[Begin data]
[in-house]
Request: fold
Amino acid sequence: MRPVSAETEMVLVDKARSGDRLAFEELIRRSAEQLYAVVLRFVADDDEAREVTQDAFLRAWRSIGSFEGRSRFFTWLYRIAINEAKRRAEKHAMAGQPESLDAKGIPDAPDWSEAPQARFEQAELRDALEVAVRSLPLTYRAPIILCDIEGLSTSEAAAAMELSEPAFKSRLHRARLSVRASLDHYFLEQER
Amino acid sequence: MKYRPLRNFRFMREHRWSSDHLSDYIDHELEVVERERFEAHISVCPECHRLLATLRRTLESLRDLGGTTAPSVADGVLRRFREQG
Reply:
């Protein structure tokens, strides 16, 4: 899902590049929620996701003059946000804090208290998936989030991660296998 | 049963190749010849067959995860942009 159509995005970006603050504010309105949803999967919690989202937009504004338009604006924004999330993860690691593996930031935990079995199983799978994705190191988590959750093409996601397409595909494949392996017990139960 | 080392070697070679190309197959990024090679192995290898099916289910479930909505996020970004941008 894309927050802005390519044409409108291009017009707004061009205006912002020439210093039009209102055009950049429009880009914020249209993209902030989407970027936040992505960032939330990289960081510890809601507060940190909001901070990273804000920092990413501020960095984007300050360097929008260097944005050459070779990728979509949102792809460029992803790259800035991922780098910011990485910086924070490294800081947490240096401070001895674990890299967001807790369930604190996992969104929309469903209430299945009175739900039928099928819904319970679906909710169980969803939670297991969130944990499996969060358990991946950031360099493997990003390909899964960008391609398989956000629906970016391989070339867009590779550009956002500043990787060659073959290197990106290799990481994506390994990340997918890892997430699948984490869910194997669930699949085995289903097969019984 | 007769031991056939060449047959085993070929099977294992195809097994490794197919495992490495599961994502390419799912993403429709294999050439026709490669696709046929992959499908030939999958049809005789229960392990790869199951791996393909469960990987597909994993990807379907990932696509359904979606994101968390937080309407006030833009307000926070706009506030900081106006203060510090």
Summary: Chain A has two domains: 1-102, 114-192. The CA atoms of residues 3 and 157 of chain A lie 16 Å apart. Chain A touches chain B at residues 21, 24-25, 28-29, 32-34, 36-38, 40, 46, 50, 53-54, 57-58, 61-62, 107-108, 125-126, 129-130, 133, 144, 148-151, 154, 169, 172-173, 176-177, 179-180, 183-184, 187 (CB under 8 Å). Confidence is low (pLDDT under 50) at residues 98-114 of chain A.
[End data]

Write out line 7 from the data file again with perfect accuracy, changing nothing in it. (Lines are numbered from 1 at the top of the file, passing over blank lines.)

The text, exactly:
Summary: Chain A has two domains: 1-102, 114-192. The CA atoms of residues 3 and 157 of chain A lie 16 Å apart. Chain A touches chain B at residues 21, 24-25, 28-29, 32-34, 36-38, 40, 46, 50, 53-54, 57-58, 61-62, 107-108, 125-126, 129-130, 133, 144, 148-151, 154, 169, 172-173, 176-177, 179-180, 183-184, 187 (CB under 8 Å). Confidence is low (pLDDT under 50) at residues 98-114 of chain A.